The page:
Publication Date



Open access

Degree Type


Degree Name

Doctor of Philosophy (PHD)


Civil, Architectural and Environmental Engineering (Engineering)

Date of Defense


First Committee Member

Chang-Jen Lan

Second Committee Member

Shihab Asfour

Third Committee Member

Wimal Suaris

Fourth Committee Member

Charles Nunoo


This research has three parts. Part 1: The Policy on Geometric Design of Highways and Street provides 5 methods of superelevation (e) distribution. Many states use methods 2 and 5 for low speed, urban and rural high-speed facilities. Method 5 aims to address speed variations; but is complicated, computationally intractable and may violate design consistency. Design recommendation by NCHRP439 accounts for speed variation, tractable; but is cumbersome along with irregular/step-wise design curves. New reliability based e distribution method is developed that addresses the speed variation; which is simple in determining and evaluating acceptable required e rates. At 95% level of reliability, the e rate obtained is lower than that from current practice resulting in cost savings. Part 2: Current practice/research does not address safety issue of the left-turn-bay at high degree of saturation (x). Left-Turn-Bay distance has three components: clearance, breaking to a stop and queue. The variation in the queue length reduces clearance and breaking distance resulting in unsafe breaking. Failure = clearance plus breaking distance < demand. The reliability of the left-turn-bay defined as the availability of the three components for left-turning vehicles to complete clearance and breaking maneuver safely; measured as increase in the deceleration rate over limit of 11.2ft/s2, safety index and probability of failure. Results show that at 95% reliability, current design practice fails when x exceeds 50%. Part 3: Current practice uses mean traffic volumes (Vd) as input for traffic signal control at roadway intersections. Variations in traffic flows affect the performance of intersection measured by the delay per vehicle traversing the intersection in seconds. Peak hour factor (PHF), the hourly volume divided by the peak 15-min flow rate within the peak hour is adopted by Highway Capacity Manual (HCM) to control surge. HCM suggests PHF design value of 0.92 for urban and 0.88 for rural areas. Fixed PHF may lead to increase in delay. Effects of variation of peak hour volumes on intersection signal delays are examined with large data. A new model is developed for PHF and Vd and used in signal timing to minimize intersection delay. The results show that the assumption of Poisson distribution for Vd is not reliable; delay reduction of 6.2 seconds per vehicle is achieved. Annual savings in travel time, fuel consumption and emissions cost is estimated in billions of dollars.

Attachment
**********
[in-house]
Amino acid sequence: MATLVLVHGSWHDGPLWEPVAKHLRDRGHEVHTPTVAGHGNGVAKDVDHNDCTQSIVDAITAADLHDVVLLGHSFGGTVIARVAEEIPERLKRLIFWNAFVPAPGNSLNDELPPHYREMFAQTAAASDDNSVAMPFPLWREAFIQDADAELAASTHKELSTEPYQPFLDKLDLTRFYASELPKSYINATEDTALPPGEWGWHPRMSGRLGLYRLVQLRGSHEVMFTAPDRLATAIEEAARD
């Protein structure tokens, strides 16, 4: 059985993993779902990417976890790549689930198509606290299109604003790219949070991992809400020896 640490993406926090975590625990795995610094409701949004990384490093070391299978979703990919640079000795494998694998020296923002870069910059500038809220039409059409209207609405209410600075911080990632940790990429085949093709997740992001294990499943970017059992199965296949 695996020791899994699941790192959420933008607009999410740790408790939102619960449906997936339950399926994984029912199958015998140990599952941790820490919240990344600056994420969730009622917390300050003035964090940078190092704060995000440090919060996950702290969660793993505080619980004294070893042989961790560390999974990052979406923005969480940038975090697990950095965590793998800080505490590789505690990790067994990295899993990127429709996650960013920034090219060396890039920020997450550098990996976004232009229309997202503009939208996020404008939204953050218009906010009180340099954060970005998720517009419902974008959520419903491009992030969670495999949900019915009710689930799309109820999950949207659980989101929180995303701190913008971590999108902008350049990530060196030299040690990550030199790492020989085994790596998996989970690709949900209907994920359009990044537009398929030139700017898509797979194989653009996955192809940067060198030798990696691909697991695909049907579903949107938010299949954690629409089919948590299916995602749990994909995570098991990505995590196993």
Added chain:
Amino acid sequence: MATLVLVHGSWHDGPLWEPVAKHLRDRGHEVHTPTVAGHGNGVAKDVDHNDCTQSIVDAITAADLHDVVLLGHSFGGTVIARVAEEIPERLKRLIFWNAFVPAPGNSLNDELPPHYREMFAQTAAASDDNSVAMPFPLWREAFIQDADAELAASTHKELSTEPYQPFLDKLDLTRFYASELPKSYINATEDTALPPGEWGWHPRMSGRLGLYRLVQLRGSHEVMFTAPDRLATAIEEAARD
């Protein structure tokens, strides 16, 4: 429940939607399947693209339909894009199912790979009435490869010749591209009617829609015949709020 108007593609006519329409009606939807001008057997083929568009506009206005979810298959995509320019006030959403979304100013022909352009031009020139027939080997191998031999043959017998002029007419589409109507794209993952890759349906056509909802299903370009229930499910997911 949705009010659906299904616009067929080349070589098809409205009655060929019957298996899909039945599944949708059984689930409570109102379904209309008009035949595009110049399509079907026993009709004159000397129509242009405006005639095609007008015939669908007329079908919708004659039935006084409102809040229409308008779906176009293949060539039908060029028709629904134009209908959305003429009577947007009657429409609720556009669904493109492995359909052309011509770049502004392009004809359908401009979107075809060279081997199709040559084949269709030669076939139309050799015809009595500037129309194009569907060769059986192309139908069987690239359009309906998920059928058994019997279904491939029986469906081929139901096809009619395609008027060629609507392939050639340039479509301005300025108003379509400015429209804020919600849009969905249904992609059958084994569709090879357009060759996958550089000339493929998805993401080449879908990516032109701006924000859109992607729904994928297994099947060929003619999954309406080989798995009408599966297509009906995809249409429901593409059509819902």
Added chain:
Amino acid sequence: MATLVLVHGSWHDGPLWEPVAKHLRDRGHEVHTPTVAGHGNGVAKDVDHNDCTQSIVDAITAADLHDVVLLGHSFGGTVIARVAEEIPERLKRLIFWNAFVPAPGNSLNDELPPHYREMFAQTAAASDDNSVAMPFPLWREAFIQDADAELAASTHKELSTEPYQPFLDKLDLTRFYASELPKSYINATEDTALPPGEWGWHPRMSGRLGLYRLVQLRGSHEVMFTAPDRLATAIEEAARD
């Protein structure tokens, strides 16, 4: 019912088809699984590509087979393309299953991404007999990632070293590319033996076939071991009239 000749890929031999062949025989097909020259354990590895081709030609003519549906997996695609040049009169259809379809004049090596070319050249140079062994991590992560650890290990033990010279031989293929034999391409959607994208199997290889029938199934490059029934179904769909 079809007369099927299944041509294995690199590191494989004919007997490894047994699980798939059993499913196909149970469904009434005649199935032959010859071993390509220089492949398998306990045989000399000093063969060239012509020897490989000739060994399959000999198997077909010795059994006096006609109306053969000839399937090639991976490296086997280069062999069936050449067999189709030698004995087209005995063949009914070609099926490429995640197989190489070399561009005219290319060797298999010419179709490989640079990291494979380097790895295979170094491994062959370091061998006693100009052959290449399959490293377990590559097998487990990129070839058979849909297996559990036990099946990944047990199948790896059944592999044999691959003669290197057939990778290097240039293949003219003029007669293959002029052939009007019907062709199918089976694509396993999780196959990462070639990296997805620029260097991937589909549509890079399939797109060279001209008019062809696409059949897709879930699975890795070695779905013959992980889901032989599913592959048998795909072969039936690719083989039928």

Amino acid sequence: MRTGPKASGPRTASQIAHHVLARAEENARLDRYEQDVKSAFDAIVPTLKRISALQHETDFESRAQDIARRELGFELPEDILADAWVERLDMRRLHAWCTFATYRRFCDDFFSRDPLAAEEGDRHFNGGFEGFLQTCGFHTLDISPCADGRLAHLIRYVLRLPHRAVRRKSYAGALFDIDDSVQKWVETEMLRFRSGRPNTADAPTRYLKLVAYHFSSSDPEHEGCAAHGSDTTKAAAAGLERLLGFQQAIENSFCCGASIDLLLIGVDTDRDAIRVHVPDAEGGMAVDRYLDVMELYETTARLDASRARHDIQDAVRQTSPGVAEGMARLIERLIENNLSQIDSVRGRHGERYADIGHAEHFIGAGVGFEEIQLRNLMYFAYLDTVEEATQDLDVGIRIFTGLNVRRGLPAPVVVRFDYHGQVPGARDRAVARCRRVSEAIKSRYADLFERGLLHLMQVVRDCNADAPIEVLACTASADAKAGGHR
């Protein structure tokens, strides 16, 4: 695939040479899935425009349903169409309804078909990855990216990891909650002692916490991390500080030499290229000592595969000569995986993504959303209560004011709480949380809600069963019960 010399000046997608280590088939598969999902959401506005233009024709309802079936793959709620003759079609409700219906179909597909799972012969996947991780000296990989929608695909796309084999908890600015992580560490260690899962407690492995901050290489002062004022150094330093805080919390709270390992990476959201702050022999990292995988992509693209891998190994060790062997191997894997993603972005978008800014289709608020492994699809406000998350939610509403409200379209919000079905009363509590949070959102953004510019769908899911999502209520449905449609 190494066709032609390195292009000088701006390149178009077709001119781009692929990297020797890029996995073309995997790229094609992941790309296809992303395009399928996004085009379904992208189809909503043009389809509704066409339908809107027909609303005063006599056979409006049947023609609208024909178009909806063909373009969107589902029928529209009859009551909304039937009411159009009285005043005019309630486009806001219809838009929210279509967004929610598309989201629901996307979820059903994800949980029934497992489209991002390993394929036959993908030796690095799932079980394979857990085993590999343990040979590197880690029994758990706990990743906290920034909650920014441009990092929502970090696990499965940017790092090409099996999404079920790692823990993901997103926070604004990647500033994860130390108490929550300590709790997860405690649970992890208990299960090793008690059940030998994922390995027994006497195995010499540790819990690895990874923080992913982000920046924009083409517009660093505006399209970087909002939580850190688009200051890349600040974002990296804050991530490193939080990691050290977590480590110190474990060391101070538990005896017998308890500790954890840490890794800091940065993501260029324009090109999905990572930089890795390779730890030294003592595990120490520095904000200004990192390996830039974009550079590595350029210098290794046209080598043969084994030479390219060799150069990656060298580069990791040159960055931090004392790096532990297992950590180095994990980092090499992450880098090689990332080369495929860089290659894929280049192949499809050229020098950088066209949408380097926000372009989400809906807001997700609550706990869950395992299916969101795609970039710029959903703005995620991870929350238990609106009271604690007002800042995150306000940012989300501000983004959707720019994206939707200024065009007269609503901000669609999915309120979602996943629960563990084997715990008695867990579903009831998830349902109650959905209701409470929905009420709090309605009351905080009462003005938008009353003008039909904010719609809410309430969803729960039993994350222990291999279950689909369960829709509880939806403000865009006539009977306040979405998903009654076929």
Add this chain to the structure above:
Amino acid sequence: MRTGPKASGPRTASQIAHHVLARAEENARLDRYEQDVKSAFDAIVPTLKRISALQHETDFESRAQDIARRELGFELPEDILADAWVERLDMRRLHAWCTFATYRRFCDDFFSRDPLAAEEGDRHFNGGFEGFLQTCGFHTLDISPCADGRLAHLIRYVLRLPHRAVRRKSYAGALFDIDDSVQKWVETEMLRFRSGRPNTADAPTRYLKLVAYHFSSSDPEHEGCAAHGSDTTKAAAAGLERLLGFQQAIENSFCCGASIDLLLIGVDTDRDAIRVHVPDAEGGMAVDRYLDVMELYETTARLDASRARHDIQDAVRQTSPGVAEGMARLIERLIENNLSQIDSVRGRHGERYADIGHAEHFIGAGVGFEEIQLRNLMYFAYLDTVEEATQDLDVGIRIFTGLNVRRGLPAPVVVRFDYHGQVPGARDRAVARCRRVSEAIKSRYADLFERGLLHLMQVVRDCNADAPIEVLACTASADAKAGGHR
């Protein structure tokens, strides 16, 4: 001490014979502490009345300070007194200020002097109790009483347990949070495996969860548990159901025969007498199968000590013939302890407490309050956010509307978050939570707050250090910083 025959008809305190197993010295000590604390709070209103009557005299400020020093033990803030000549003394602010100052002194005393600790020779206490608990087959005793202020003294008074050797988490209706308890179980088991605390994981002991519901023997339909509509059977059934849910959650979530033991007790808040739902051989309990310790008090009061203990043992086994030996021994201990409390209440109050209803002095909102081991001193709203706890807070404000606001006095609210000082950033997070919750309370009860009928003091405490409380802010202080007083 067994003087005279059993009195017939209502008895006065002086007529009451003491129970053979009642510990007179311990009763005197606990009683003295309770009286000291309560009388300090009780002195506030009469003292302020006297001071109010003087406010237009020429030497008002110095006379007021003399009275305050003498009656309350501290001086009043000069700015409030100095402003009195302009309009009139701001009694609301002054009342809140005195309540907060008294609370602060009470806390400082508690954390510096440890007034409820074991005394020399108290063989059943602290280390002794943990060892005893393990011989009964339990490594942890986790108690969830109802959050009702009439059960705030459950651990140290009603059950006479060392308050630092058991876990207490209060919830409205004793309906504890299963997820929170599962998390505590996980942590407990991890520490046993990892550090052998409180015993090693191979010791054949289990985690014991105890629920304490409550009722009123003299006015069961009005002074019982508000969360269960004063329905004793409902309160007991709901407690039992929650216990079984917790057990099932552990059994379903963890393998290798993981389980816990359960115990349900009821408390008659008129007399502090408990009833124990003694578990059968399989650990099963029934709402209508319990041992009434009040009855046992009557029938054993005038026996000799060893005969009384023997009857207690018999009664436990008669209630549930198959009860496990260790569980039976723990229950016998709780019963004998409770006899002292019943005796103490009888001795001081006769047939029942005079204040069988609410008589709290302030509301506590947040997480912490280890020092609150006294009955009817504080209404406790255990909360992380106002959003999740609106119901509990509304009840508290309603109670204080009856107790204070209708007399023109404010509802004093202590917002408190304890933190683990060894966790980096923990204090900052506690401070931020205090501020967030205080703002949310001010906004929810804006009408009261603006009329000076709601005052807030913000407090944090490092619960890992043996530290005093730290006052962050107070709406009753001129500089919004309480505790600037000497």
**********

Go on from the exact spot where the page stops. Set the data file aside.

Time Gap; Stochastic; Friction Factor; Environmental Impacts